1. Memorandum for the Heads of Executive Departments and Agencies – An order to halt any new federal regulations until they can be reviewed by the new administration. Actually rolling back regulations the Obama administration put in place will take time and a bureaucratic process. This was a near exact replica of executive orders that the past two presidents have had their chiefs of staff issue at the beginning of their administrations.
2. Regarding the Mexico City Policy – Reinstates a policy that, among other things, restricts US funding to nongovernmental organizations that provide abortions.
3. Regarding Withdrawal of the United States from the Trans-Pacific Partnership Negotiations and Agreement – Withdraws the United States from a massive trade deal that was negotiated by the Obama administration, but not yet ratified by Congress. It was largely a symbolic move since the TPP was never officially enacted.
4. Regarding the Hiring Freeze – Institutes a freeze on the hiring of new federal workers, except for the military. It contains wide exemptions for jobs “necessary to meet national security or public safety responsibilities,” which is a broad definition. It also exempts military hiring, which accounts for a third of federal jobs.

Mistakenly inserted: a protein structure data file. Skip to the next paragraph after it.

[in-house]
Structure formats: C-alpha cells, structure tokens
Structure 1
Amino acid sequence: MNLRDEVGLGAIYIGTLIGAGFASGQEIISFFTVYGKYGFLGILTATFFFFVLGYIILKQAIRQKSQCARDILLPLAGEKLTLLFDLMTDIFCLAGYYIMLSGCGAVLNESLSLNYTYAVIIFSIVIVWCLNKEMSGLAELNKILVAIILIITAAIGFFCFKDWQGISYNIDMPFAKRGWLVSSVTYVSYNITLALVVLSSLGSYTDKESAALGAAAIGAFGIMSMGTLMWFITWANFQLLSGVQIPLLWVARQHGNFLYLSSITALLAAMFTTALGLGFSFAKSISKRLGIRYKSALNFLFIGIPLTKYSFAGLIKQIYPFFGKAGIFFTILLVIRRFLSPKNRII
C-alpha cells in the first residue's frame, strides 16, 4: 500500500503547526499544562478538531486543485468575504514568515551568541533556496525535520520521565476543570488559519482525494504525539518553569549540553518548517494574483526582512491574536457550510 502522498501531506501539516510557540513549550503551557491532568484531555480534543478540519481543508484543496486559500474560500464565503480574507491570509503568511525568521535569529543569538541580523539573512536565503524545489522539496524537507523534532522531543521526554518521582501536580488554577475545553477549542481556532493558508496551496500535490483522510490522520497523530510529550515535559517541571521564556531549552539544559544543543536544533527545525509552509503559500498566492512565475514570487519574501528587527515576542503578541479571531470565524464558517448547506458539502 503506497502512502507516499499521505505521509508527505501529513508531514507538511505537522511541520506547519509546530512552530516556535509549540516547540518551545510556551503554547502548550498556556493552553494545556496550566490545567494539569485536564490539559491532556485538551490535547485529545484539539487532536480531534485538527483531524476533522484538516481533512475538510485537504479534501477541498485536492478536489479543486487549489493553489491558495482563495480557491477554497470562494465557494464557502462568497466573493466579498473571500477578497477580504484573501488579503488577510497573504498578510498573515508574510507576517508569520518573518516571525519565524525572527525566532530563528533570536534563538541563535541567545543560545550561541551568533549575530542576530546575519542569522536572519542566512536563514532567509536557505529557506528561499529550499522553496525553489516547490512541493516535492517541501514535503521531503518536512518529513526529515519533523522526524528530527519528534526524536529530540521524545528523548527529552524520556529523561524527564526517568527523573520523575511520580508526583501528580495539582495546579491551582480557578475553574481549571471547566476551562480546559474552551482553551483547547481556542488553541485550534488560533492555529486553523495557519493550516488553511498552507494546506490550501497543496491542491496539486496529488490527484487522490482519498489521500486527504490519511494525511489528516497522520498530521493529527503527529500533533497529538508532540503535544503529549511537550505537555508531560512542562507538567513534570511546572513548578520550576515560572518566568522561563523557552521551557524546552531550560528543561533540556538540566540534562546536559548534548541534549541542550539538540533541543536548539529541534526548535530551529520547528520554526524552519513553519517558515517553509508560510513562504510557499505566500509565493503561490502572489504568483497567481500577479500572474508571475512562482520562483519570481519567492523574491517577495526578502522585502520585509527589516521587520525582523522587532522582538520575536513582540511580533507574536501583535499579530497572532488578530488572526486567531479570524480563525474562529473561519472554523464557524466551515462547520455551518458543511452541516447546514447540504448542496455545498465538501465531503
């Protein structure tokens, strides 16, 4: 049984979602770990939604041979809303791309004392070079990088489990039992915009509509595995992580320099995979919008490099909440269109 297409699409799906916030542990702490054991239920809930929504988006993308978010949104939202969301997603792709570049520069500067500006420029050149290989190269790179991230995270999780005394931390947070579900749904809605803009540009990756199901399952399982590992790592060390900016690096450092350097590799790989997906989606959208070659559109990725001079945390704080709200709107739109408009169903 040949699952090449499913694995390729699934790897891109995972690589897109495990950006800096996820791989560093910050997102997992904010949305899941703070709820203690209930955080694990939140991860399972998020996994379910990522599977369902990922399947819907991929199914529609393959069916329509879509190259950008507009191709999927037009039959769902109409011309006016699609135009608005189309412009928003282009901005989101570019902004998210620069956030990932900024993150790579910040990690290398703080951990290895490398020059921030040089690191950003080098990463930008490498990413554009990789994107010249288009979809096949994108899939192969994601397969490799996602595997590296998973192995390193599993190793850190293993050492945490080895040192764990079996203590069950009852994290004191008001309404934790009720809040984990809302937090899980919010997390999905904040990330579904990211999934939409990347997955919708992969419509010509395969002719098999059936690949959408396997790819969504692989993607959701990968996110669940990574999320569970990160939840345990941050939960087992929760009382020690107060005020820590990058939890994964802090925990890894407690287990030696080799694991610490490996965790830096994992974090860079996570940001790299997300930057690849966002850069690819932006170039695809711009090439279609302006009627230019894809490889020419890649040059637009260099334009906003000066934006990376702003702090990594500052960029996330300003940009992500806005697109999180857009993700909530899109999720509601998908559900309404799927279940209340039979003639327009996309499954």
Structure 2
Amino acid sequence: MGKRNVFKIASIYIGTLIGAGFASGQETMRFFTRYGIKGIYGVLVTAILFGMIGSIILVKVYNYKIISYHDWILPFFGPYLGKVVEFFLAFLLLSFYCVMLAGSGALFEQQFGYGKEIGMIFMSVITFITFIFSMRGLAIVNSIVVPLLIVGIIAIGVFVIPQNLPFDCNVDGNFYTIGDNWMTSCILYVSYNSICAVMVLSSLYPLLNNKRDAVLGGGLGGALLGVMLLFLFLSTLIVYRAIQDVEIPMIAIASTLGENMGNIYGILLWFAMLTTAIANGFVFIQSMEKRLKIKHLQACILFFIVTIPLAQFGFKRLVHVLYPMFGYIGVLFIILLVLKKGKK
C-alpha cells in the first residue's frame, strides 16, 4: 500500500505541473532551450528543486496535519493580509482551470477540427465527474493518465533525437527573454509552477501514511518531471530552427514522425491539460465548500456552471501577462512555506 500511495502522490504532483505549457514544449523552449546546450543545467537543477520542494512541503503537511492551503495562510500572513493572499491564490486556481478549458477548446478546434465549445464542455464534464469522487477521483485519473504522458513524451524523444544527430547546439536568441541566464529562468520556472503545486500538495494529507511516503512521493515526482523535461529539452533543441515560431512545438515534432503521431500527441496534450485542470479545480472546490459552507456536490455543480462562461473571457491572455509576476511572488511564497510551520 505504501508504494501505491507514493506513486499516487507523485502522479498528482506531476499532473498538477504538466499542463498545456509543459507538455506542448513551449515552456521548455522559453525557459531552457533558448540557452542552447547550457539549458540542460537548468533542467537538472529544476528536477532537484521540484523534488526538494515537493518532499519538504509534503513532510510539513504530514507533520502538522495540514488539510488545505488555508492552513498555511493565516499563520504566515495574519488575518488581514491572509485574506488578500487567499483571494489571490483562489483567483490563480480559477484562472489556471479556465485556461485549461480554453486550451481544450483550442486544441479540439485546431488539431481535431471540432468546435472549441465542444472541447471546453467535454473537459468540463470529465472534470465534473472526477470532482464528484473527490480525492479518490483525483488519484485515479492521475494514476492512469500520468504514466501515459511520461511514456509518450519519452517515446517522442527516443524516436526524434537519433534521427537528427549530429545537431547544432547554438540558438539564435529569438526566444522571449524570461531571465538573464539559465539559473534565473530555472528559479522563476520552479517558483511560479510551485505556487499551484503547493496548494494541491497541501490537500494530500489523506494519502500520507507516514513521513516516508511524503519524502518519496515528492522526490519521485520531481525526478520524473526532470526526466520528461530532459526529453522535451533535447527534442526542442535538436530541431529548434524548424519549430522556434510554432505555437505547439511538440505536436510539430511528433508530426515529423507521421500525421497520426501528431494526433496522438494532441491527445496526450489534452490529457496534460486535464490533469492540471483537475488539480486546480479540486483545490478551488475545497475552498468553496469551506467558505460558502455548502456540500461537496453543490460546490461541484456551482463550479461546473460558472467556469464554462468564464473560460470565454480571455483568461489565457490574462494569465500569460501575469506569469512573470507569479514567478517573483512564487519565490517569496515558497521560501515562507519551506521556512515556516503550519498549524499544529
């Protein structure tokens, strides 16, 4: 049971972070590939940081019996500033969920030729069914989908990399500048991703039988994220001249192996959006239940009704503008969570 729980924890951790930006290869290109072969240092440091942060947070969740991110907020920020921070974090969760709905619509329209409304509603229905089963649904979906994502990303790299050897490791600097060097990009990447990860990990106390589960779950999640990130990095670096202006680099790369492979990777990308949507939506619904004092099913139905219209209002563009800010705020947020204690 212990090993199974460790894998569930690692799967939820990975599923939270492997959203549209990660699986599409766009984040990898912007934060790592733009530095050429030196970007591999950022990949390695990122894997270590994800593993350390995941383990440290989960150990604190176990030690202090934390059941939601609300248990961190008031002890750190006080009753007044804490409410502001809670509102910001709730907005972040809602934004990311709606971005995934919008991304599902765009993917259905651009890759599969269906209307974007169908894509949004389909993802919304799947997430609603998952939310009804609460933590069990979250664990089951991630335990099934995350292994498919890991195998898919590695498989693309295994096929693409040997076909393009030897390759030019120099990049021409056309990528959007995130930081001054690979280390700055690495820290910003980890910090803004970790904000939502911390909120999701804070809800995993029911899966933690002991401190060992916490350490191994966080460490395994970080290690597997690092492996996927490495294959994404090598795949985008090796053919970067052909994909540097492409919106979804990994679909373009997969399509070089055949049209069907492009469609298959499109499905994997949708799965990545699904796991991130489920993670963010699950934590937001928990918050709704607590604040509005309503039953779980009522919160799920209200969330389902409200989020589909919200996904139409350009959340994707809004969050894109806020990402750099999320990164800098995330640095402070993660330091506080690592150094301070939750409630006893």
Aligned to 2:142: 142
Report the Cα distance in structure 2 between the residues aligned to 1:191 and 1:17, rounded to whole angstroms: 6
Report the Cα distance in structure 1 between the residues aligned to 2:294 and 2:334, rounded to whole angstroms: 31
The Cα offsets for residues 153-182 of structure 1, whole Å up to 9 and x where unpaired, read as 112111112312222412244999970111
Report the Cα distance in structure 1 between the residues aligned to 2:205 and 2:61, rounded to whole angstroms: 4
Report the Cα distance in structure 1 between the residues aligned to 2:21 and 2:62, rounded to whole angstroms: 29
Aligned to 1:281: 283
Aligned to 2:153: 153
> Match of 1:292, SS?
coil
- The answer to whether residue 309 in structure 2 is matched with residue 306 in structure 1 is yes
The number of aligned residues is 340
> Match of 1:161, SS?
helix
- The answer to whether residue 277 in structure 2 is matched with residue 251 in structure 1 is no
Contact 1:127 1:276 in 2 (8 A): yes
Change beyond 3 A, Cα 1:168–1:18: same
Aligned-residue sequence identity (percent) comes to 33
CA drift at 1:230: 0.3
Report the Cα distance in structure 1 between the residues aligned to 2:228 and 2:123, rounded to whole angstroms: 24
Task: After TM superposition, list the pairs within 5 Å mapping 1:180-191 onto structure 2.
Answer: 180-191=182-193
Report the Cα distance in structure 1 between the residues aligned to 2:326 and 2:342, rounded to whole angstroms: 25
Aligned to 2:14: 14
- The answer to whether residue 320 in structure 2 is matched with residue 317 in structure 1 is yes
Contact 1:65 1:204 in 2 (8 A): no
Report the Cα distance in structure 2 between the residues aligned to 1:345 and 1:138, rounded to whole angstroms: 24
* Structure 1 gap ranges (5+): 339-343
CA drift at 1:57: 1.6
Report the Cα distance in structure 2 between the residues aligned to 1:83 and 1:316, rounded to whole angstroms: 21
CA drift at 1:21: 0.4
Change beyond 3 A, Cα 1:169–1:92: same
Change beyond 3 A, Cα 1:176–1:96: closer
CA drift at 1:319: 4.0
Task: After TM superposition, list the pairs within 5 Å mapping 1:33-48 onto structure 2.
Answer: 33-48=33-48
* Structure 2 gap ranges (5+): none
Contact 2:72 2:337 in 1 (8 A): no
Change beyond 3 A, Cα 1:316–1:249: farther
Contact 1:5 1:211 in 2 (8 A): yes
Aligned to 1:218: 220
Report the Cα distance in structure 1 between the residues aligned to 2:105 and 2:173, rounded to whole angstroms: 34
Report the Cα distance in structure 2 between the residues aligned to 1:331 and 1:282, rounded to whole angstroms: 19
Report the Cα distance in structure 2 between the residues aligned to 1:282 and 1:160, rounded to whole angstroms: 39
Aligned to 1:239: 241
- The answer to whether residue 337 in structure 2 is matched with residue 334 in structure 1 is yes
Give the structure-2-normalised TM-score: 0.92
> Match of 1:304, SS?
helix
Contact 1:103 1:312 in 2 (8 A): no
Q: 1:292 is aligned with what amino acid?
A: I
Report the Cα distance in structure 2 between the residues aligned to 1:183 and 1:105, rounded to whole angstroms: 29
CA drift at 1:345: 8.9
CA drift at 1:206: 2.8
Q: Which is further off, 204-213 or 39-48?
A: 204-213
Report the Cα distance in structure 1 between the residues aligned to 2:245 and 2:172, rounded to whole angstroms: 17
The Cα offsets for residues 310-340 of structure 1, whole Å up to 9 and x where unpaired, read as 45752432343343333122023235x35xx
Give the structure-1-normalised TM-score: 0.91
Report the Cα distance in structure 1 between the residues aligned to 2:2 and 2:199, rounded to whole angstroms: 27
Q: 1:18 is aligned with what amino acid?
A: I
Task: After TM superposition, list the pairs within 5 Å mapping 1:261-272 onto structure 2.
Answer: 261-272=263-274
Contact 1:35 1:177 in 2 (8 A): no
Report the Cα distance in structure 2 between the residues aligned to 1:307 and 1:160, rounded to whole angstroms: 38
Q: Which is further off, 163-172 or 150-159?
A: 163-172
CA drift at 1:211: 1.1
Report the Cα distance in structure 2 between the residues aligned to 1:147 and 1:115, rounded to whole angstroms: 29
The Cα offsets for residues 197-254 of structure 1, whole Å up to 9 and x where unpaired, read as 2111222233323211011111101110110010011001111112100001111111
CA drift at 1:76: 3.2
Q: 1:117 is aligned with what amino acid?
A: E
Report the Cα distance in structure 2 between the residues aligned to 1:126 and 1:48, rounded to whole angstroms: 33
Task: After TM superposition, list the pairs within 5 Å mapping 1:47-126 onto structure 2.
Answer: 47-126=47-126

5. Construction of American Pipelines - Says new pipelines should be made using US-produced materials.
6. Regarding Construction of the Keystone XL Pipeline – Kick starts a pipeline the Obama administration had quashed. Trump’s order allows the pipelines to proceed but the projects are still a long way from getting underway. Trump himself said the US would renegotiate the terms of the pipelines, which implies a lengthy process with several competing interests.
7. Regarding Construction of the Dakota Access Pipeline – Prioritizes a controversial pipeline that was the subject of protests in North Dakota
8. Streamlining Permitting and Reducing Regulatory Burdens for Domestic Manufacturing – Requests a plan to make the permitting process easier for US manufacturers.
9. Rebuilding the US Armed Forces – spurs military spending and directs Defense Secretary James Mattis to begin “developing a plan for new planes, new ships, new resources and new tools for our men and women in uniform.”
10: Plan to Defeat the Islamic State in Iraq and Syria – Trump orders a new plan to defeat ISIS to be drawn up within 30 days. It will include mechanisms to cut off all of the terror group’s funding, including sale of oil and historical artifacts.